Shanghai in Comparative Perspective

(Shanghai Studies)

 (Subject to change)



Course Description

Shanghai is one of the most powerful cities in China, in East Asia, and in the World. Its global stature is evident from the powerful architecture – a mix of cutting-edge contemporary designs and grand Western-style edifices dating from the 19th and 20th centuries. At the same time, it is distinctly Chinese and yet occupies a unique place with challenges and issues arising from its position as the financial lead in China’s rapid economic development.


Shanghai took shape after China was forced to open itself to the outside world in the second half of the 19th century, amidst the clash between, and interaction of, Oriental and Western cultures. Its history taken into consideration, there is no doubt that Shanghai presents an excellent case study of Western influence on Chinese cities in their modernization process and their adaptation and creation of local cultures in the past 170 years.


To researchers, Shanghai may best display the interaction of such elements as geography, economy, humanism and society. As the economic center of China, Shanghai’s transition from planned economy to market economy is also worthy of further study. Many people are also impressed with the diversity of cultures that have left their imprints on Shanghai over the past 170 years, such as the Western colonial culture, the revolutionary culture (Shanghai is the founding place of the Communist Party of China), the city’s own civic culture and the modern pop culture. Together they have molded the city’s culture and made it a natural ground for metropolitan cultural study. The ability to assess critically current and future development mechanisms from a comparative perspective is essential in our increasingly interdependent global world.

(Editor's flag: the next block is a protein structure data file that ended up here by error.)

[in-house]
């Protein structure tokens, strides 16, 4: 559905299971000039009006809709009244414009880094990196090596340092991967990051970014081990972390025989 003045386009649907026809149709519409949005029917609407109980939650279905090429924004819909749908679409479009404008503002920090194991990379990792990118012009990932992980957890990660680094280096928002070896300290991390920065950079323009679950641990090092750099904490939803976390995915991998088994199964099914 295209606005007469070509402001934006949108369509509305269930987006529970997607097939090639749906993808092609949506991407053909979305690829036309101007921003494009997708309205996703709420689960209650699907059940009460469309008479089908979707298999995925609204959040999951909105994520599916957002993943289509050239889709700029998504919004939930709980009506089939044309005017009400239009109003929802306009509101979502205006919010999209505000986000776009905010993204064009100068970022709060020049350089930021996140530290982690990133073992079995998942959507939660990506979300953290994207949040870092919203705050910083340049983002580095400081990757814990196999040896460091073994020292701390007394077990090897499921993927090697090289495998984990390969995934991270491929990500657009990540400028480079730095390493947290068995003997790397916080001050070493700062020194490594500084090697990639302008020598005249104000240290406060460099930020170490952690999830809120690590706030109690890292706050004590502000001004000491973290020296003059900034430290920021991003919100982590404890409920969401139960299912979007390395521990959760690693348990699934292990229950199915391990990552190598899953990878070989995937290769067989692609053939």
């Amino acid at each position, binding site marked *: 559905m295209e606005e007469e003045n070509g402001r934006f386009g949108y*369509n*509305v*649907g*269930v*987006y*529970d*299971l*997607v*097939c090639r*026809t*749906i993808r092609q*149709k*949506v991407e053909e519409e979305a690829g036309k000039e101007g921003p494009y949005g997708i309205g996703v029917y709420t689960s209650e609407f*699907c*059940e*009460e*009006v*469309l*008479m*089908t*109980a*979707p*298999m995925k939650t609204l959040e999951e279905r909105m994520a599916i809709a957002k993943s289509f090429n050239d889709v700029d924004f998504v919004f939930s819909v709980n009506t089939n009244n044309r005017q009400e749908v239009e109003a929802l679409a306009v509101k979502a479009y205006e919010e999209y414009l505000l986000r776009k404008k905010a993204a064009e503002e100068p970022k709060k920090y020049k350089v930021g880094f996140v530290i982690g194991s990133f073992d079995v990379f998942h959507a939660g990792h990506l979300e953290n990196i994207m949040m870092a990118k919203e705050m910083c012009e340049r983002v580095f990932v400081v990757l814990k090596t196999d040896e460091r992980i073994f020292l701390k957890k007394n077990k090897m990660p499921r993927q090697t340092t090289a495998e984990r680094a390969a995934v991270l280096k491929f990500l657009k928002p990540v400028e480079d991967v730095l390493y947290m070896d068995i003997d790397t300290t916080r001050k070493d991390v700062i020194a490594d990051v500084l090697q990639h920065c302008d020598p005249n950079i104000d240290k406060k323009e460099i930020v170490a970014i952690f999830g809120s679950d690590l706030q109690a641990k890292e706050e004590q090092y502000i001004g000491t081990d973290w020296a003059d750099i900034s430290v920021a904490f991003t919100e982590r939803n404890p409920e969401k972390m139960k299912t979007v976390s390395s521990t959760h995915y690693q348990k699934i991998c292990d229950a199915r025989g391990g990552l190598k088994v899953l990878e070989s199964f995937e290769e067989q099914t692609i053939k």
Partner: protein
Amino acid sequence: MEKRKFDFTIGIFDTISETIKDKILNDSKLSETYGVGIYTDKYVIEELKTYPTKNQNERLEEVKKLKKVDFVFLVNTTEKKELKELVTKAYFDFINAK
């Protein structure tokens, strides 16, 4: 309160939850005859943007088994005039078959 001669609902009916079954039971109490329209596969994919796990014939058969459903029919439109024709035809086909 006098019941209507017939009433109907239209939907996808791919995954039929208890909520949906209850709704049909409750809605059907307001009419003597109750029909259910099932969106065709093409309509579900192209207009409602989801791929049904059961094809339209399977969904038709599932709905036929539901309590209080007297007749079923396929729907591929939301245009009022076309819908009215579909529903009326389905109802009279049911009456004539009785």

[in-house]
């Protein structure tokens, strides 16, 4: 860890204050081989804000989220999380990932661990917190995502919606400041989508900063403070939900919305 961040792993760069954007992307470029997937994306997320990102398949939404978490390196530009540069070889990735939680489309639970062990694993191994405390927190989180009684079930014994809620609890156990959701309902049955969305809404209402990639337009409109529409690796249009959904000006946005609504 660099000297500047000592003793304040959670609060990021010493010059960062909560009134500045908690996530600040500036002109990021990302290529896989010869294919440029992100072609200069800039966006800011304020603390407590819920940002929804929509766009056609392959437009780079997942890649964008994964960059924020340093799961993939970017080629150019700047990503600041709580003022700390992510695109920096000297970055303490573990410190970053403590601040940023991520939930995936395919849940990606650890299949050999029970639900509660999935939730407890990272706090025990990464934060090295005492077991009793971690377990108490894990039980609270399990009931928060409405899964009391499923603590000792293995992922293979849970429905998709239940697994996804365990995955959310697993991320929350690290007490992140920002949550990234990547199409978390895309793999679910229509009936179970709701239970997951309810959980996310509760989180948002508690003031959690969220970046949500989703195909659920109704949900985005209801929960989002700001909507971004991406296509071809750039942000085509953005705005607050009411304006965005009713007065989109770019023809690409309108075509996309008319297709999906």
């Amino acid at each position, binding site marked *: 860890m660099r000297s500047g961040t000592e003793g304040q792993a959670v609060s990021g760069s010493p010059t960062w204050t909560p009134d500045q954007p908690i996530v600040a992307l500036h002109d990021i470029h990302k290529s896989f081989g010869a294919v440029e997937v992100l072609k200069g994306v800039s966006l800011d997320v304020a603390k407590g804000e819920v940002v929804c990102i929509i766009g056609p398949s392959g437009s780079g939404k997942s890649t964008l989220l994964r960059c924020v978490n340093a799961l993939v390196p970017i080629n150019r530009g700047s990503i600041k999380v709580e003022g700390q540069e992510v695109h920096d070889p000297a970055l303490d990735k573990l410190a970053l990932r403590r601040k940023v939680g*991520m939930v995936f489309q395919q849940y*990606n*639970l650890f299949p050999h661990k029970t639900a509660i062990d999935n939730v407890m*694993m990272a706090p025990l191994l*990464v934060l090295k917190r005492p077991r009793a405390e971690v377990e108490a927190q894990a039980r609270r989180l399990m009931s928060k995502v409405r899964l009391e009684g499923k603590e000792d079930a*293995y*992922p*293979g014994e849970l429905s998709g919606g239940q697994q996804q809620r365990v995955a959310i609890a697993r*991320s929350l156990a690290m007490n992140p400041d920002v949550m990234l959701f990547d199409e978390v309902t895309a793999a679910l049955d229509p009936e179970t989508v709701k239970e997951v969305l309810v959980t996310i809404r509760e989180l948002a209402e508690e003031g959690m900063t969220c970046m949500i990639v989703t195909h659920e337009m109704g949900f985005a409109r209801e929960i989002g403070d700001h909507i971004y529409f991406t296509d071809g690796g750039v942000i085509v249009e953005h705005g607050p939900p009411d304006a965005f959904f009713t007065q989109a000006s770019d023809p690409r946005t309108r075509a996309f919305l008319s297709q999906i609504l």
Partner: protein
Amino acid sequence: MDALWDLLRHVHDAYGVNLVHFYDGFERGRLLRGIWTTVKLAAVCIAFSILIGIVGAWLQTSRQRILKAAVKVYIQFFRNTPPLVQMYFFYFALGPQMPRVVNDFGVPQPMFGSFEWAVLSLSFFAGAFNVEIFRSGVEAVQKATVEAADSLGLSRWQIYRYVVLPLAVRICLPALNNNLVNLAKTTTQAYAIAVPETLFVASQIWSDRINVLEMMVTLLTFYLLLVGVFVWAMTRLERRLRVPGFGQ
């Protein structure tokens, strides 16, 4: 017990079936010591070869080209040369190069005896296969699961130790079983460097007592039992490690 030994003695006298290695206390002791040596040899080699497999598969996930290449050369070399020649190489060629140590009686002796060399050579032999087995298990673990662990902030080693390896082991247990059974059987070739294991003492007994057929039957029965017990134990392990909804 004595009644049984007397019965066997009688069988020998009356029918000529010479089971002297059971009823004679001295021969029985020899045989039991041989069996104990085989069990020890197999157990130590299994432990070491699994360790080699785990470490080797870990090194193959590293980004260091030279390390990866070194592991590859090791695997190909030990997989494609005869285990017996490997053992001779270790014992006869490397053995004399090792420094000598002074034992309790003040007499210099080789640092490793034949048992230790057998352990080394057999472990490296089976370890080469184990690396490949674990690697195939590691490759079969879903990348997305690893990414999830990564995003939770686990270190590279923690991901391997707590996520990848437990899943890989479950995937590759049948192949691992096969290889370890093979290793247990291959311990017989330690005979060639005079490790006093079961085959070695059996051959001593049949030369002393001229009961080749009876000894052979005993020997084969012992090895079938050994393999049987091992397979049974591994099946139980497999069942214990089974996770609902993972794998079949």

This course combines theory with first-hand exposure to and research about Shanghai. The class will address seven different themes that touch on past and especially on contemporary Shanghai from both a local and global perspective. A highlight of the course will be a week-long field trip in the fall term to Taipei and in the spring term to Hong Kong or Singapore These cities rival Shanghai as major economic and financial centers in East Asia, both with strong Chinese cultures and histories of foreign influence. They will allow for challenging and insightful comparisons to Shanghai.


Course Objective

The aim of the course is to provide students with Shanghai discourse and facilitate their personal experience in the city. Students will use their own first-hand observations, coupled with broad-based readings in a range of social science areas, to reach their own understanding about Shanghai and the rapid pace of China’s modernization.

Empirical experience is highly valued throughout the course. By fieldwork as well as observation, students will see the city through their own eyes. The reflection over first-hand empirical experience will be included in the assignments, the end-of-term presentation and the final paper. Students are expected to engage critically with their empirical experiences by making comparisons between Shanghai and other cities, by looking into the cultural or institutional background of their observation, etc.


Course Contents

Seven themes will be explored:

  • History of Shanghai:  from a cosmopolis to an eldest son of socialist China (1840s -1980s)
  • Renaissance of Shanghai: China’s future global city as a state strategy (1990s -2010)
  • Urban planning and urban social space
  • Contemporary religious beliefs and practice
  • Education:  systems and policies
  •  Finance and  trade
  •  Aspects of Shanghai Studies


Course Organization

Guest lectures and seminar discussions, combined with site visits and independent explorations in small groups.